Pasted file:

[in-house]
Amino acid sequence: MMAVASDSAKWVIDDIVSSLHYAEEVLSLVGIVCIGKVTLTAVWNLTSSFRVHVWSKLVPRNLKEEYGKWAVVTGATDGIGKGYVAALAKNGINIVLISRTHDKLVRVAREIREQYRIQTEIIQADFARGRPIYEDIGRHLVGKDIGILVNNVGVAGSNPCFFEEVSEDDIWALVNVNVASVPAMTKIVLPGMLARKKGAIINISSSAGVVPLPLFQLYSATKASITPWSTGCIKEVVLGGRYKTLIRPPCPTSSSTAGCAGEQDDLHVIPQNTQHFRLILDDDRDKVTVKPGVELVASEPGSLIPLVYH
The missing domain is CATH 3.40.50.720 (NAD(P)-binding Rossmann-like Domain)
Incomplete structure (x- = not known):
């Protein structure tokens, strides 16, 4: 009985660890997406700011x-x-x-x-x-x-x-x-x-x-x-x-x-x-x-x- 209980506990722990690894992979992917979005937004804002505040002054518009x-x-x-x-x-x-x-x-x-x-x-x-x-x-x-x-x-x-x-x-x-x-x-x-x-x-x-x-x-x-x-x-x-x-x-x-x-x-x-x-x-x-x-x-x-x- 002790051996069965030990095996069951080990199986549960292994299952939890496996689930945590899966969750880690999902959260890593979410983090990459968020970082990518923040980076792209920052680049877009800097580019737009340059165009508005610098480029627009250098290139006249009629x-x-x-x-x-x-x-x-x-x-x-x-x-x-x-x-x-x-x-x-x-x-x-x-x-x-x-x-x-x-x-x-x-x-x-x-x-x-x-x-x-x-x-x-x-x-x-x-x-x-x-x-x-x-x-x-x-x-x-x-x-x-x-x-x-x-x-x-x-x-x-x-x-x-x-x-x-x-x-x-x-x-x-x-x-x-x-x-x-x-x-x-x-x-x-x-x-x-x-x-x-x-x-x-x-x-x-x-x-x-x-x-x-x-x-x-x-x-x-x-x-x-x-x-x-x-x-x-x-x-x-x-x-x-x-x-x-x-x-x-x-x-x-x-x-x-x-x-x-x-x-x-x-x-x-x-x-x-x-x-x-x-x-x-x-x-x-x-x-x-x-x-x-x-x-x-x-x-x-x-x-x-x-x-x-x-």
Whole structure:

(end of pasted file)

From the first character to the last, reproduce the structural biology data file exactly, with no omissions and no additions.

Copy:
[in-house]
Amino acid sequence: MMAVASDSAKWVIDDIVSSLHYAEEVLSLVGIVCIGKVTLTAVWNLTSSFRVHVWSKLVPRNLKEEYGKWAVVTGATDGIGKGYVAALAKNGINIVLISRTHDKLVRVAREIREQYRIQTEIIQADFARGRPIYEDIGRHLVGKDIGILVNNVGVAGSNPCFFEEVSEDDIWALVNVNVASVPAMTKIVLPGMLARKKGAIINISSSAGVVPLPLFQLYSATKASITPWSTGCIKEVVLGGRYKTLIRPPCPTSSSTAGCAGEQDDLHVIPQNTQHFRLILDDDRDKVTVKPGVELVASEPGSLIPLVYH
The missing domain is CATH 3.40.50.720 (NAD(P)-binding Rossmann-like Domain)
Incomplete structure (x- = not known):
């Protein structure tokens, strides 16, 4: 009985660890997406700011x-x-x-x-x-x-x-x-x-x-x-x-x-x-x-x- 209980506990722990690894992979992917979005937004804002505040002054518009x-x-x-x-x-x-x-x-x-x-x-x-x-x-x-x-x-x-x-x-x-x-x-x-x-x-x-x-x-x-x-x-x-x-x-x-x-x-x-x-x-x-x-x-x-x- 002790051996069965030990095996069951080990199986549960292994299952939890496996689930945590899966969750880690999902959260890593979410983090990459968020970082990518923040980076792209920052680049877009800097580019737009340059165009508005610098480029627009250098290139006249009629x-x-x-x-x-x-x-x-x-x-x-x-x-x-x-x-x-x-x-x-x-x-x-x-x-x-x-x-x-x-x-x-x-x-x-x-x-x-x-x-x-x-x-x-x-x-x-x-x-x-x-x-x-x-x-x-x-x-x-x-x-x-x-x-x-x-x-x-x-x-x-x-x-x-x-x-x-x-x-x-x-x-x-x-x-x-x-x-x-x-x-x-x-x-x-x-x-x-x-x-x-x-x-x-x-x-x-x-x-x-x-x-x-x-x-x-x-x-x-x-x-x-x-x-x-x-x-x-x-x-x-x-x-x-x-x-x-x-x-x-x-x-x-x-x-x-x-x-x-x-x-x-x-x-x-x-x-x-x-x-x-x-x-x-x-x-x-x-x-x-x-x-x-x-x-x-x-x-x-x-x-x-x-x-x-x-």
Whole structure: